To discuss the phenomenon of jading within the context of the pediatric intensive care unit.
Drawing from their experience, the authors describe and then discuss a clinical scenario readily recognizable by pediatric intensive care unit practitioners: a child whose care requires the expenditure of a large amount of energy and resources, provides seemingly little reward, and leads to jading of the PICU staff.
Jading describes a process of exhaustion whereby apathy, cynicism, and callousness replace the drive to be responsive, to make a difference, and to care. The issue of jading has become an increasing area of concern in the pediatric intensive care unit, due in part to recurring, prolonged admissions, combined with the perception, at times, that continued medical care is fruitless. With a better understanding of the phenomenon of jading, and by reconsidering their own responses, pediatric intensive care unit practitioners can avoid becoming jaded.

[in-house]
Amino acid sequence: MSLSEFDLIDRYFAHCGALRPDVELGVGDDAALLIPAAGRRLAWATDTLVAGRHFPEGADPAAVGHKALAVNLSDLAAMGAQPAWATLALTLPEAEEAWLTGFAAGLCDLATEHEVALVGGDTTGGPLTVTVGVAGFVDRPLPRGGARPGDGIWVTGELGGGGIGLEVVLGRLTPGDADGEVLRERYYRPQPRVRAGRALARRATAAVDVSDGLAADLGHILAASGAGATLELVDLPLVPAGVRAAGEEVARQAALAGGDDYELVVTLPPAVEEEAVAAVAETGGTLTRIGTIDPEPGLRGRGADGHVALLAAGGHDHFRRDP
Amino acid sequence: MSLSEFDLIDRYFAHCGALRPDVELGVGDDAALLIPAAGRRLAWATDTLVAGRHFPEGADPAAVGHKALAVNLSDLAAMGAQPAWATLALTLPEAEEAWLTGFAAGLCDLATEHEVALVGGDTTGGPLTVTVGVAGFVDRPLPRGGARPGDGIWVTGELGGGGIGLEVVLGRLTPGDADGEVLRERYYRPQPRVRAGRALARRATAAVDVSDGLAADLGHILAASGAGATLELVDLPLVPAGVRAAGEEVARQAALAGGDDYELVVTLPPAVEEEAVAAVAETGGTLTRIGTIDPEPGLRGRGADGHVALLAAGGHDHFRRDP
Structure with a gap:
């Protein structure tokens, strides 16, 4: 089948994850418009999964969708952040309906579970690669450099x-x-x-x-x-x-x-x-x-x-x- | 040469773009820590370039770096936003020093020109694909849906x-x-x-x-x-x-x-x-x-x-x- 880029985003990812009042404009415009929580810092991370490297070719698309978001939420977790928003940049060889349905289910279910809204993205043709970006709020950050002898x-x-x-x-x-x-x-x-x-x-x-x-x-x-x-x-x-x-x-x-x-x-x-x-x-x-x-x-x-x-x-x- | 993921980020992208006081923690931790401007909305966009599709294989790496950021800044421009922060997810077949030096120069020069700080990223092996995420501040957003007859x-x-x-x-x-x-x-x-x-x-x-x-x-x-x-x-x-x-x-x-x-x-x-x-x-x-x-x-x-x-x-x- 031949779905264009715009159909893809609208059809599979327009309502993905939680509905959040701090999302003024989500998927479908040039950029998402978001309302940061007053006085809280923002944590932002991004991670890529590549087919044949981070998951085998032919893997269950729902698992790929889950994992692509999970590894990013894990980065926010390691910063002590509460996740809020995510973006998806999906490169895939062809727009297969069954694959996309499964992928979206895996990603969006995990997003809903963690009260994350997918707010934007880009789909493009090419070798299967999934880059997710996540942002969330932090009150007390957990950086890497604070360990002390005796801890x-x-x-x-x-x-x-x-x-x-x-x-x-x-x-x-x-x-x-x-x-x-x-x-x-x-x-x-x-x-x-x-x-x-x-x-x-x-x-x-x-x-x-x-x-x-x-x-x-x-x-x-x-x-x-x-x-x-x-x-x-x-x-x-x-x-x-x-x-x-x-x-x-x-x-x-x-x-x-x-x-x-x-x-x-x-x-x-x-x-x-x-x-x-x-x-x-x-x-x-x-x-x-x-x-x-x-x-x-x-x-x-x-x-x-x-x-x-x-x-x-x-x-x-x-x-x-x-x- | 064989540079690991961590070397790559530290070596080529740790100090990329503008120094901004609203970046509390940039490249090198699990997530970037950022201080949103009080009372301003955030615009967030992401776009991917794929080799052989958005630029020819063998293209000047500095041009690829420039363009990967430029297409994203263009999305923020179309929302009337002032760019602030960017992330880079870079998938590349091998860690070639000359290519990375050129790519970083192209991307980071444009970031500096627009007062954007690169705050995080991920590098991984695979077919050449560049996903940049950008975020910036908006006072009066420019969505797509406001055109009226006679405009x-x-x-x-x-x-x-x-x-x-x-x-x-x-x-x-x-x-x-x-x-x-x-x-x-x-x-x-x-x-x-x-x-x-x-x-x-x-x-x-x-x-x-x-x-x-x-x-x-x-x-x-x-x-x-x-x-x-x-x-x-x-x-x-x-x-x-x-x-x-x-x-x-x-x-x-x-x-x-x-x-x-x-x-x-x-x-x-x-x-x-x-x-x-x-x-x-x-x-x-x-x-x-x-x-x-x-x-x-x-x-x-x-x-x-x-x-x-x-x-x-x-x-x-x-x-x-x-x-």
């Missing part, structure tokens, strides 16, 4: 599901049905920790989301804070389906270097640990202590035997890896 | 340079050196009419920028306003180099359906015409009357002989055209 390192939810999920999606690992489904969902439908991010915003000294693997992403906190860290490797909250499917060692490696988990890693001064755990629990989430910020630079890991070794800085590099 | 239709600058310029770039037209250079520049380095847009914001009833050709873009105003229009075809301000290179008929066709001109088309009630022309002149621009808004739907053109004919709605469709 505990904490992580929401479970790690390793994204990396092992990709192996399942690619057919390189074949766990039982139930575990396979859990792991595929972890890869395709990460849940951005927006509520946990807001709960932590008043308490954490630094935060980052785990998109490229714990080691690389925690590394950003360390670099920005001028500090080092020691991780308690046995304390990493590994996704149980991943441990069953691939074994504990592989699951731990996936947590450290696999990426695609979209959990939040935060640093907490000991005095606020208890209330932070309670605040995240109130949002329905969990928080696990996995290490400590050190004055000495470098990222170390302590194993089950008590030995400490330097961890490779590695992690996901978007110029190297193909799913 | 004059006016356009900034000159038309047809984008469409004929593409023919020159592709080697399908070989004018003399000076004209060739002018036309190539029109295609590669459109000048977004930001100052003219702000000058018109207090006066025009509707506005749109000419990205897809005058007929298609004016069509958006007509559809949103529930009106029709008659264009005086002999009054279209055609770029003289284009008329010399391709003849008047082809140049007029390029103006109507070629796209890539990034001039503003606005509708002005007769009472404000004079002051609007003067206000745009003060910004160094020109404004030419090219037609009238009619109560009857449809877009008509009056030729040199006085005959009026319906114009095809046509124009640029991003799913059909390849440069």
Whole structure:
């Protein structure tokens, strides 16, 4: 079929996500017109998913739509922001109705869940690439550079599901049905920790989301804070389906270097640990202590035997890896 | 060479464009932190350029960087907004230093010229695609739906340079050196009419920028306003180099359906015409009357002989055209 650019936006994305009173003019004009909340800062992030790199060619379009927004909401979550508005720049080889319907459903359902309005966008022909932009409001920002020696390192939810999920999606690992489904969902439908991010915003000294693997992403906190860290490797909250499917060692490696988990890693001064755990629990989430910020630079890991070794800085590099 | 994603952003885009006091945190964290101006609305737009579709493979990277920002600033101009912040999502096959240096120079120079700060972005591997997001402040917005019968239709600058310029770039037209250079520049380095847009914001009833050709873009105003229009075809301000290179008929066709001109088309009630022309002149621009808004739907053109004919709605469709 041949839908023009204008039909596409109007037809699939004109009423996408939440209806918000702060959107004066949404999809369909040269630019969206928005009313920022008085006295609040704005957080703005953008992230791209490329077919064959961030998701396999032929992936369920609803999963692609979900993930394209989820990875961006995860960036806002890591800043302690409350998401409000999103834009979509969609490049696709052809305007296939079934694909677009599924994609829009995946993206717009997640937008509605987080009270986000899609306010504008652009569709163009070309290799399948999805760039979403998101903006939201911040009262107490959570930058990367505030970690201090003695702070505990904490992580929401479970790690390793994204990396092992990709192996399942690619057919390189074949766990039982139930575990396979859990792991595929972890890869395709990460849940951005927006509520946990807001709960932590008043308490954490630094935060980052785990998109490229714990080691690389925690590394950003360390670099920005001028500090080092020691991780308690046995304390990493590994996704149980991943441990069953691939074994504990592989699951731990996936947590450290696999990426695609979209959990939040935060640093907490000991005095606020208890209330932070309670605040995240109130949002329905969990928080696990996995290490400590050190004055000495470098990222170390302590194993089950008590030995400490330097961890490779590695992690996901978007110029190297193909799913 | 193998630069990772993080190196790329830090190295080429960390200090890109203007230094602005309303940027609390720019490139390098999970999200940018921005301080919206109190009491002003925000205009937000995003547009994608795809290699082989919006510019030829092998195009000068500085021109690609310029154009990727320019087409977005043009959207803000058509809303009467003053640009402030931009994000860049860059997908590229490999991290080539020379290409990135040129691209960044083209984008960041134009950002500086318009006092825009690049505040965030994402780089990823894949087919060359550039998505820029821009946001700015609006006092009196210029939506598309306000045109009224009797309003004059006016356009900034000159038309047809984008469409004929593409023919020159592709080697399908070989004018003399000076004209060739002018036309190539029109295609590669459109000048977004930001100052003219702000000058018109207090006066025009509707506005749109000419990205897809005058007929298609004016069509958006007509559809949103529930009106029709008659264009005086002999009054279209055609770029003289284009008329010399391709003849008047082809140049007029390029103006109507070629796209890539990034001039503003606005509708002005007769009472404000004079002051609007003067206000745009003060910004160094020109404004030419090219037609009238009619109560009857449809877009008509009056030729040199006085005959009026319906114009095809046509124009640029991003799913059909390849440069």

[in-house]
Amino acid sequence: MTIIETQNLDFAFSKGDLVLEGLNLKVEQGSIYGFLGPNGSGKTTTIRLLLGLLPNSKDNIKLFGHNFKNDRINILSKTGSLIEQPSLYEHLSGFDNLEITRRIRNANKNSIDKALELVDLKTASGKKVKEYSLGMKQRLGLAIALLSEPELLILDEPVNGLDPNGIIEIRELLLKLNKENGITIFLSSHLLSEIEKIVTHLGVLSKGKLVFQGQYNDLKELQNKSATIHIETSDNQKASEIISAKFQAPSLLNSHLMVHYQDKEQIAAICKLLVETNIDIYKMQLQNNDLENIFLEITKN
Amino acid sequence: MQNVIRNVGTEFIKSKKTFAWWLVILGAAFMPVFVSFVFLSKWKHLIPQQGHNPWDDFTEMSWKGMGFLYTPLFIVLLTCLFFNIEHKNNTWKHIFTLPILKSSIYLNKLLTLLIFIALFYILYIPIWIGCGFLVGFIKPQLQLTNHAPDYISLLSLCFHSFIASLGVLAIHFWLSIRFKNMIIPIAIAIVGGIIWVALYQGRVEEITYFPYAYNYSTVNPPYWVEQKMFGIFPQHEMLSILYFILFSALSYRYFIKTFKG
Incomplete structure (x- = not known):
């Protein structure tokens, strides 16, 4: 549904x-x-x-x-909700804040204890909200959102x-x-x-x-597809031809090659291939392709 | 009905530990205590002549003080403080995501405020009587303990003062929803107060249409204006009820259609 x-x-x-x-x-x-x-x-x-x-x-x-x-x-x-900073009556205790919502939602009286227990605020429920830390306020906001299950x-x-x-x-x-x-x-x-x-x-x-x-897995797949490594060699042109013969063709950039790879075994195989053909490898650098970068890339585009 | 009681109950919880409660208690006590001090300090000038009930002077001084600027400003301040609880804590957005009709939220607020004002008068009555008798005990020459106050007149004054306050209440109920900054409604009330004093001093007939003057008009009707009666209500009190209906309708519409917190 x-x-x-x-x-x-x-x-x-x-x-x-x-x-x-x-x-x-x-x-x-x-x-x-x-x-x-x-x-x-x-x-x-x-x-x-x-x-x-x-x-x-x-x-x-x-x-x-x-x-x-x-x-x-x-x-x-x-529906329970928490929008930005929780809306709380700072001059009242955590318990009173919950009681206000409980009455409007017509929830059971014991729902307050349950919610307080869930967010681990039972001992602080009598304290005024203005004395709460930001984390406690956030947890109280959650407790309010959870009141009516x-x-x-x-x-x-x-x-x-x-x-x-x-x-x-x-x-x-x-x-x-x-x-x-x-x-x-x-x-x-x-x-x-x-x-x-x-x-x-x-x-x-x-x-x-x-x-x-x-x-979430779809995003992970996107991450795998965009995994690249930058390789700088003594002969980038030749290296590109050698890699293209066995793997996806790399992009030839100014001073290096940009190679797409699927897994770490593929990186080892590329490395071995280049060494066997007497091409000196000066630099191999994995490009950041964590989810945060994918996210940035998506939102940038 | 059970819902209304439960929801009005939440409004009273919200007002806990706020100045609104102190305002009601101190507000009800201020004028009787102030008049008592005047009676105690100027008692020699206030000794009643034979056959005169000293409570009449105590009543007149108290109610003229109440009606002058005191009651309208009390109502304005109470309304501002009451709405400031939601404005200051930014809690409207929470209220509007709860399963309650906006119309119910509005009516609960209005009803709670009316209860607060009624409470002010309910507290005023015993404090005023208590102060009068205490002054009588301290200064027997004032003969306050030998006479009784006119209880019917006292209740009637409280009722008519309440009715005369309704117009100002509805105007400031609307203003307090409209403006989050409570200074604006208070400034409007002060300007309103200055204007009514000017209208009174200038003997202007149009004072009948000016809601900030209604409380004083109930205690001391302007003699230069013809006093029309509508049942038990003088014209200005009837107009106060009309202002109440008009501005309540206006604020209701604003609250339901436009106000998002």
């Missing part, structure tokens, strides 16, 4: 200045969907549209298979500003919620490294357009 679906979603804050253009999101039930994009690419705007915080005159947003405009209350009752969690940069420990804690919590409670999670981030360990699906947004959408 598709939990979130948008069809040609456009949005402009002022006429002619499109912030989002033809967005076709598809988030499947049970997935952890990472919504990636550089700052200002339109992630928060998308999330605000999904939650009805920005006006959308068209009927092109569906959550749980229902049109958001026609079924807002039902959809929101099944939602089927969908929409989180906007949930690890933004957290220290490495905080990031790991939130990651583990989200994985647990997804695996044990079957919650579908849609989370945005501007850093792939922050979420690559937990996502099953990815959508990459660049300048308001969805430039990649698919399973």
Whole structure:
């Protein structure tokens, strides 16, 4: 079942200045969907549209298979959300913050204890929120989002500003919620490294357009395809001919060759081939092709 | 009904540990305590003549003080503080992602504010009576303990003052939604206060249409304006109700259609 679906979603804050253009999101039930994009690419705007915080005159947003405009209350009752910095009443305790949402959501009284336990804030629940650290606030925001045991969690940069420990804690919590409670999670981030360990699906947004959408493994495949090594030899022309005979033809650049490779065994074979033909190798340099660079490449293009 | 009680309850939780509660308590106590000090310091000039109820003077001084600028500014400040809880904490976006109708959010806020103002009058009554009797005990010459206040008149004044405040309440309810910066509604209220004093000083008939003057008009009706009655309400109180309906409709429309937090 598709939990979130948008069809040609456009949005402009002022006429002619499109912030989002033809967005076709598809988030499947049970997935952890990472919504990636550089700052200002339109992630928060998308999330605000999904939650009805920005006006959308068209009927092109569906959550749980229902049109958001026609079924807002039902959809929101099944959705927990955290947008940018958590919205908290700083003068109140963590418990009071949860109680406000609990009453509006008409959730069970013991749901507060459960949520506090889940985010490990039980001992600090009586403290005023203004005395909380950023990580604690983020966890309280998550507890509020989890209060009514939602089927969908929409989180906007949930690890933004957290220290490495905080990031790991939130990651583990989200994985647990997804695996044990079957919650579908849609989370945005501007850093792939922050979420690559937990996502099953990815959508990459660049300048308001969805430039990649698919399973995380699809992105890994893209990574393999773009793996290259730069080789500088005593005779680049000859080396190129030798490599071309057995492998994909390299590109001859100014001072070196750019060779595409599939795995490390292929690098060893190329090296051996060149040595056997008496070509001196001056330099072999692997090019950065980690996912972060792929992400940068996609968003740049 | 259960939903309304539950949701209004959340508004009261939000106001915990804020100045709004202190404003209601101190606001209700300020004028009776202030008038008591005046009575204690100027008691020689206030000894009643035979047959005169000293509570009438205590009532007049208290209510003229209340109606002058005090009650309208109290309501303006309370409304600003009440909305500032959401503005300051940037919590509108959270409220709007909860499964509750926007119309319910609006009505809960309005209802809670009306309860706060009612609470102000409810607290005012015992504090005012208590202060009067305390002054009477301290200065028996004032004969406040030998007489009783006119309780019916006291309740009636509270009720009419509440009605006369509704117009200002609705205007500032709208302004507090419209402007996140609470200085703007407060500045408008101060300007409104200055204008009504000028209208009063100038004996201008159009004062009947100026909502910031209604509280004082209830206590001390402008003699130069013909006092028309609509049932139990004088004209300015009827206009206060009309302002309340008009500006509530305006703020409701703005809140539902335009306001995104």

From the Departments of Pediatrics (Division of General Pediatrics) and Humanities, Penn State Children’s Hospital (BHL), the Department of Pediatrics, Division of Pediatric Critical Care Medicine, Penn State Children’s Hospital (NJT), the Department of Medicine (Division of General Internal Medicine) and Humanities (MJG), and the Department of Pediatrics, Division of Pediatric Critical Care Medicine, Penn State Children’s Hospital (GDC), Penn State University College of Medicine, Hershey, PA; and the Department of Philosophy (CAR), Michigan State University, East Lansing, MI.
*See also p. 299.